DSC_0231Flower pots on old steps are very much adorable, it is the real French way of livingDSC_0234Above is the stone step which reminded me of the step at my grandmother’s house many years ago.  The French has always kept their old tradition living for as long as they themselves have lived.DSC_0254I love climbing foliage.  They were too nice to allow my camera to miss them.  DSC_0216France is famous for their old walls.  I adore old walls with foliage taking their tolls.  They are just beautiful!DSC_0274Above and below are pictures of a 17th century Home built in 1806.  It was too interesting that I couldn’t miss a shot of it! DSC_0275

DSC_0294Above is a picture of a Medieval home with its front “La Tour.” Plus it was For Sale “A Vendre.”  I would imagine this home is or was a previous Presbytery.  “Carvings of Cross and of Angel on the top of the doorway.”  As I mentioned earlier in one of my paragraph about the Carvings of shells on the doorway, this home has one too and it would have been a stop to sleep for the pilgrims who passed through the village on their way to Santiago De Compostella.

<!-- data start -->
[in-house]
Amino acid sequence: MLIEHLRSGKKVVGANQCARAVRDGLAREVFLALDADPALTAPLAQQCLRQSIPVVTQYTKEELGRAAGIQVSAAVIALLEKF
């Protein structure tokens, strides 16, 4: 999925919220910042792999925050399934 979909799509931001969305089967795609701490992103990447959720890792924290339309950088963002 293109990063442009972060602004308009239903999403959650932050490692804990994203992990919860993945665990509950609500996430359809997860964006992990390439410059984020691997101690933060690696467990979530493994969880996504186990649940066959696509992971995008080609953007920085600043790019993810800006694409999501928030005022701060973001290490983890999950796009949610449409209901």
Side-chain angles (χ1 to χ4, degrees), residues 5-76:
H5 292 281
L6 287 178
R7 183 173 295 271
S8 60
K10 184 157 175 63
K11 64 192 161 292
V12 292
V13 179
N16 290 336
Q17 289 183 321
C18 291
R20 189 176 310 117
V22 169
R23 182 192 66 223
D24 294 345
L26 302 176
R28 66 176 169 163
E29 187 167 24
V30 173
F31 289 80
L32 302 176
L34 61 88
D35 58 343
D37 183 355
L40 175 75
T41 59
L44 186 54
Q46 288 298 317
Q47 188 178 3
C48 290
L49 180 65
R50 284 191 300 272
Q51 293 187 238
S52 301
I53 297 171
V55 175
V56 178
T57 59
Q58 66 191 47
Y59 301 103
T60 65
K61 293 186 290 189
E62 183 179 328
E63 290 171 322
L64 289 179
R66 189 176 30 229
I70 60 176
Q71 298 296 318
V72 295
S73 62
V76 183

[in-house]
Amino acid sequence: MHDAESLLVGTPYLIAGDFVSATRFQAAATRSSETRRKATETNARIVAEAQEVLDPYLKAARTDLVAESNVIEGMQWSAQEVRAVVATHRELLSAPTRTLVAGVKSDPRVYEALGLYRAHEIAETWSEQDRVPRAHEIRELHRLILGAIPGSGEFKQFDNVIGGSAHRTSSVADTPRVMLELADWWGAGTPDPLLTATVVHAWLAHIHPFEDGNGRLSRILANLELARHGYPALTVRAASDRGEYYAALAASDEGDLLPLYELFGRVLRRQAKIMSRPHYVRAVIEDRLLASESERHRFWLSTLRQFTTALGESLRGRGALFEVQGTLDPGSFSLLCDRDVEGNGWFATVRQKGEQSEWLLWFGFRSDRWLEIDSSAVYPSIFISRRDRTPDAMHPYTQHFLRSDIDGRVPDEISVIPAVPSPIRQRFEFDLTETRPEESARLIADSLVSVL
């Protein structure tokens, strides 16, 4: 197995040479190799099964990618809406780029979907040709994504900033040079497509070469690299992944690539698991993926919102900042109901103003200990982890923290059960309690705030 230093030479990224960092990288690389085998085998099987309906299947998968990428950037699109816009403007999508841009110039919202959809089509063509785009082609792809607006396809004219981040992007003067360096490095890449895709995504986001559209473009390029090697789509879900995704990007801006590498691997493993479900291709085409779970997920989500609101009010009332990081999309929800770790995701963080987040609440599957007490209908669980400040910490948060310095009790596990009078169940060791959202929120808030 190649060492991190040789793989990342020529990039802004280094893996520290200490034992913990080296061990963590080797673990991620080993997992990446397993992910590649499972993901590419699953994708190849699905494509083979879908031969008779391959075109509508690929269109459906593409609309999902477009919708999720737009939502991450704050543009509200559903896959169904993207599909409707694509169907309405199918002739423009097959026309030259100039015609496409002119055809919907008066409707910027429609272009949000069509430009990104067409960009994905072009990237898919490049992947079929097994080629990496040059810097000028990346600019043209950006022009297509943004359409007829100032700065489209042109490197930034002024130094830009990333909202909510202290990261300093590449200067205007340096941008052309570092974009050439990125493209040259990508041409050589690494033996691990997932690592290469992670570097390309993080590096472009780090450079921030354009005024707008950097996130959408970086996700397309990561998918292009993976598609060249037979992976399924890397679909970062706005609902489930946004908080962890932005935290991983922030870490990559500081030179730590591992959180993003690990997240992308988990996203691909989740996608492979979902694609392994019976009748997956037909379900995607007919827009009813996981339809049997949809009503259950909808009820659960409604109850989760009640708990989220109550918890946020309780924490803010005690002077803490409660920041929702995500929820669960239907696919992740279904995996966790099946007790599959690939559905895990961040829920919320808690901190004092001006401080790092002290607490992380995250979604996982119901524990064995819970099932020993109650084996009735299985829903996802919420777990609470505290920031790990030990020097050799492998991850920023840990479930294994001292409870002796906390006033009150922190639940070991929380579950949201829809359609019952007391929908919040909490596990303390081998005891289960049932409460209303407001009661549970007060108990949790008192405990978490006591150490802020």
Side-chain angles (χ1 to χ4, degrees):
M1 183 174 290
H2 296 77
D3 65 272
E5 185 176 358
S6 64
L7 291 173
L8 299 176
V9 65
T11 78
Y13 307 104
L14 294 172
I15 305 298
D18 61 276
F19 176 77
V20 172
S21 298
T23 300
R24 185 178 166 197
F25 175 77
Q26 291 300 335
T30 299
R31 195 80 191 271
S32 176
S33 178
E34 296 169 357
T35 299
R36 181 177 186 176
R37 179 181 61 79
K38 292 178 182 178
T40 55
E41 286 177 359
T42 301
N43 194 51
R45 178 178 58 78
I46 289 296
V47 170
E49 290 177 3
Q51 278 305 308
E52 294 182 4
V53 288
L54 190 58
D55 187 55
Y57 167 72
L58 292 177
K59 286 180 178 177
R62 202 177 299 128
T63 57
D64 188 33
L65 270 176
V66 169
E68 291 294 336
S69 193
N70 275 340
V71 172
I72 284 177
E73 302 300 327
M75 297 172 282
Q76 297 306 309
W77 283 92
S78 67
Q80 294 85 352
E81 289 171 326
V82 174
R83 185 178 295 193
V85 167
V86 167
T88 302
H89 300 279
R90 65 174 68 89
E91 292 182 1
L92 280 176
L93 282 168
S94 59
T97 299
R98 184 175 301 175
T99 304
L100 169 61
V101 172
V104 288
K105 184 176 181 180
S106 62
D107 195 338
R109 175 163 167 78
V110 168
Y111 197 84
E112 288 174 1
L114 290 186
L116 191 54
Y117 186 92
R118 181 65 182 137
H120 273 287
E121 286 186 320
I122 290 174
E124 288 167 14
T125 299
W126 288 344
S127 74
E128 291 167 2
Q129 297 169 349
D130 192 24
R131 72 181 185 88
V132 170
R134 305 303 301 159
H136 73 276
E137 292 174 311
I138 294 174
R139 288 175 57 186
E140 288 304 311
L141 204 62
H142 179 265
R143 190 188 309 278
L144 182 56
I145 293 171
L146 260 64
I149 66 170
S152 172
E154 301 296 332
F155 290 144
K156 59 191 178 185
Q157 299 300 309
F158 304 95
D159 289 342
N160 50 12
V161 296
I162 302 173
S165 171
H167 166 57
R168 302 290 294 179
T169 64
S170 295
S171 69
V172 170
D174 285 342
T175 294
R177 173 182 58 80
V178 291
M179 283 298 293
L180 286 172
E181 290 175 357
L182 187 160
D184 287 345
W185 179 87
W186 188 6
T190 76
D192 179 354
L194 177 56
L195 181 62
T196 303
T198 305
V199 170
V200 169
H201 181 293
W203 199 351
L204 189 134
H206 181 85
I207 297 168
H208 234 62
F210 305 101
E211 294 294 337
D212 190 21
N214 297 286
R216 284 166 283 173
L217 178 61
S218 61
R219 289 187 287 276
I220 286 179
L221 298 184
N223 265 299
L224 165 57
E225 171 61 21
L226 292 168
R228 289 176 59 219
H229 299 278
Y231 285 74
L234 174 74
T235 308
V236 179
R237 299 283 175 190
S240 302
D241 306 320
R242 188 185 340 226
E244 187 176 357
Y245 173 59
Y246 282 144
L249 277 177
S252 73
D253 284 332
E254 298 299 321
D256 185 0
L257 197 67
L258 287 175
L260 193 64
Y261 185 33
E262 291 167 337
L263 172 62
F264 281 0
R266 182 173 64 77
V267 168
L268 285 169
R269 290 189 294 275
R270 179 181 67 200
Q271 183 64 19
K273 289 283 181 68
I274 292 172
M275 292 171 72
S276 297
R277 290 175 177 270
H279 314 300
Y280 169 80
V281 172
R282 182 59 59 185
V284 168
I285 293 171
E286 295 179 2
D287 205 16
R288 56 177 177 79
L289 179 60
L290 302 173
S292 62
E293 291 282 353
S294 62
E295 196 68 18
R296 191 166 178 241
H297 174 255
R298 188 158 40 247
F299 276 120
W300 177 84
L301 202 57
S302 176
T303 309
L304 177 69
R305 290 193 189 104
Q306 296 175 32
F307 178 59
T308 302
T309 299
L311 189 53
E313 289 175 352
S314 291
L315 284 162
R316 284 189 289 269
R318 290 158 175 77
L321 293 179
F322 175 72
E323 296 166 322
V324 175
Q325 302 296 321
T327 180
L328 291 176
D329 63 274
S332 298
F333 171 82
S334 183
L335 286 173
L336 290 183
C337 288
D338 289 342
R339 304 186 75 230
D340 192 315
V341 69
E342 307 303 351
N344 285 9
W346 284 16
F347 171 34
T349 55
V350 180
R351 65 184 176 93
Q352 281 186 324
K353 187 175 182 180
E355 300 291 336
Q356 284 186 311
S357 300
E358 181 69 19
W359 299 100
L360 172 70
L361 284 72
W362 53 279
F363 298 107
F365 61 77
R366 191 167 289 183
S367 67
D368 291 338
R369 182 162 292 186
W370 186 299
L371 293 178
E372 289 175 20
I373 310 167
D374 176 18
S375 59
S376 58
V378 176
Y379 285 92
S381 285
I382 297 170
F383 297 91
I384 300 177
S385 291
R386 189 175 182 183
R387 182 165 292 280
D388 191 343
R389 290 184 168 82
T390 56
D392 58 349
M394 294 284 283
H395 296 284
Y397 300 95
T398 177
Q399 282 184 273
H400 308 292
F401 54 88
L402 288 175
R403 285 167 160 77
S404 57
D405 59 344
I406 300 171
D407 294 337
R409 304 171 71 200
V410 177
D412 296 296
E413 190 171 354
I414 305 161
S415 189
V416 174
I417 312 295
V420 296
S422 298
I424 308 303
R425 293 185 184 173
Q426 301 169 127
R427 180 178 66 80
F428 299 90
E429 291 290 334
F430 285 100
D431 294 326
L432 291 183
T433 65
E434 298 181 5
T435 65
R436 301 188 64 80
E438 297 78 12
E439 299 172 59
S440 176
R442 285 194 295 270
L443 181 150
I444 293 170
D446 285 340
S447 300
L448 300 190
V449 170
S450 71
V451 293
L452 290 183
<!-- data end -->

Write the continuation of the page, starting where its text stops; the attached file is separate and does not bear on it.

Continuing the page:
In France, mind you, wherever you may go, you will never miss ancient towers which the French calls “La Tour.”

One of the most beautiful aspects of France are their “old village petites rue.”

tranquility, peace and quiet lavish this ancient village.

It was such a pleasure of a chance to have visited the “Treignac Medieval Village” in the Province of Limousin and I hope one day I will return.

(please note that pictures and writings are the original properties of “My Country Epoque”).  Thank You.

6 thoughts on “Treignac the Ancient Village